Module ONE- Introduction to Monitoring and International Law
Welcome to Module One!
Module One provides some important background information to set the scene for this on-line training course. The purpose of this module is to set the scene for the training that follows. The module is not assessed. The module has two lessons: Lesson 1.1: An introduction to Monitoring places where children are deprived of their liberty Lesson 1.2: Children Deprived of their Liberty - International Legal Framework
Modules Two to Six contain a series of PowerPoint presentations, exercises, checklists and Handbook reading tasks. Because Module One has been prepared as background information, learners are simply required to read this Lesson Plan; look at two presentations and complete one reflective exercise. Lesson Two does, however, contain links to International Human Rights Instruments which learners are encouraged to scan or read. Learners can choose to return to Module One at any time, if they wish to study the Human Rights Instruments in more detail.
The time taken to complete this module will depend upon the time that learners wish to spend examining the Human Rights Instruments described in Lesson Two.
Lesson 1.1: Depriving Children of their Liberty
Children deprived of their liberty are particularly vulnerable because of their age, level of maturity and psychological fragility.
Depriving children of their liberty must be exceptional and should be used only as a last resort and for the shortest possible period of time. The aim should always be to educate, rehabilitate and prepare children for reintegration into society and the use of alternatives to detention should always be given priority.
Lesson 2.1 is an introduction to monitoring places where children are deprived of their liberty and explains the role of monitoring in protecting and promoting the rights of vulnerable children. Please begin by clicking on the Presentation Icon to look at PowerPoint 1.1.
Lesson 1.2: On-line Training Course and International Standards
It is not necessary for every monitor to be an expert in human rights law because the monitoring standards and checks described in this training course have been fully informed by the international legal and normative standards.
But it is helpful for monitors to know the overall purpose of each of the sources of the international legal and normative standards, so that they can research or refer to them if and when needed. The slides that follow briefly describe the international standards and include links to further information. Please begin by clicking on the Presentation Icon to look at PowerPoint 1.2.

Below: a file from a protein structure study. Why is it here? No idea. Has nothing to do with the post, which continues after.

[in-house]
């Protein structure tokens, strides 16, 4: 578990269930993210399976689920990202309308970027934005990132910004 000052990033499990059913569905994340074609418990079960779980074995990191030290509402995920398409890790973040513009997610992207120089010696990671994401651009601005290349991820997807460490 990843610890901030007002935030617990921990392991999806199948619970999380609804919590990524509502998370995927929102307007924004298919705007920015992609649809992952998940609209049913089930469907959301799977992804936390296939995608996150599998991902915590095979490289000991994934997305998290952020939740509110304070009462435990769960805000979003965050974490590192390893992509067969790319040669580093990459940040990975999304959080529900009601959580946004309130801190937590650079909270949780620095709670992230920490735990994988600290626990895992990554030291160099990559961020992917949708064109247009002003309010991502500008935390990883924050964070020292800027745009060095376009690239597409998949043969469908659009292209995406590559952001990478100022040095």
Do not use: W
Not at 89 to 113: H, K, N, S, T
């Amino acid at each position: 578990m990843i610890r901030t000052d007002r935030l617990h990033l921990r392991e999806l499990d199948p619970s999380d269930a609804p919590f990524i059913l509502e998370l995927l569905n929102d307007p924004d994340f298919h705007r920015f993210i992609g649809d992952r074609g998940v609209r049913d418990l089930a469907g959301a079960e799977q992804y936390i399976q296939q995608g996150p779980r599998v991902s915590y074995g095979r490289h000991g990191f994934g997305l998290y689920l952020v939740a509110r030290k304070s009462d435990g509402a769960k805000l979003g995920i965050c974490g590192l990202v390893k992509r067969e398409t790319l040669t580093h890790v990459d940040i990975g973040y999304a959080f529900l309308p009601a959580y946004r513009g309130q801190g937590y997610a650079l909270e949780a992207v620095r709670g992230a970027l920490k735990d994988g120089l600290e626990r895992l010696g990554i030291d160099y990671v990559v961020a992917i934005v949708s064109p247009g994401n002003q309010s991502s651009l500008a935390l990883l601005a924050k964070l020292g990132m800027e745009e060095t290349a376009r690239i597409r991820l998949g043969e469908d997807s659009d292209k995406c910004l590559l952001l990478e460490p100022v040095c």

Now that you have the considered the role of monitoring in protecting and promoting the rights of vulnerable children deprived of their liberty and looked at the relevant international Standards, please complete Exercise 1.2.
Exercise 1.2 is a reflective exercise for your own use. Please click and save your completed answers. You may wish to look back at your answers as you work your way through the on-line training modules.
If at the end of the On-line training you have any outstanding concerns, please discuss these with an experienced monitor or other professional with experience of oversight and accountability. Ask for any help you need to address your concerns and develop your expertise and confidence.
Remember that this on-line course is intended to supplement, not replace, classroom or one to one practical training. It is always good to seek help, coaching or mentoring where this is needed.
Please click on the Exercise Icon 1.2 to begin.
Reflective Exercise 1.2
ou are now ready to begin the On-line Training Course. Module Two looks at the Monitoring Toolkit Standards and Checks, including gender specific standards. It considers also how monitors should gather evidence to assess the performance of the visited facility. against the standards.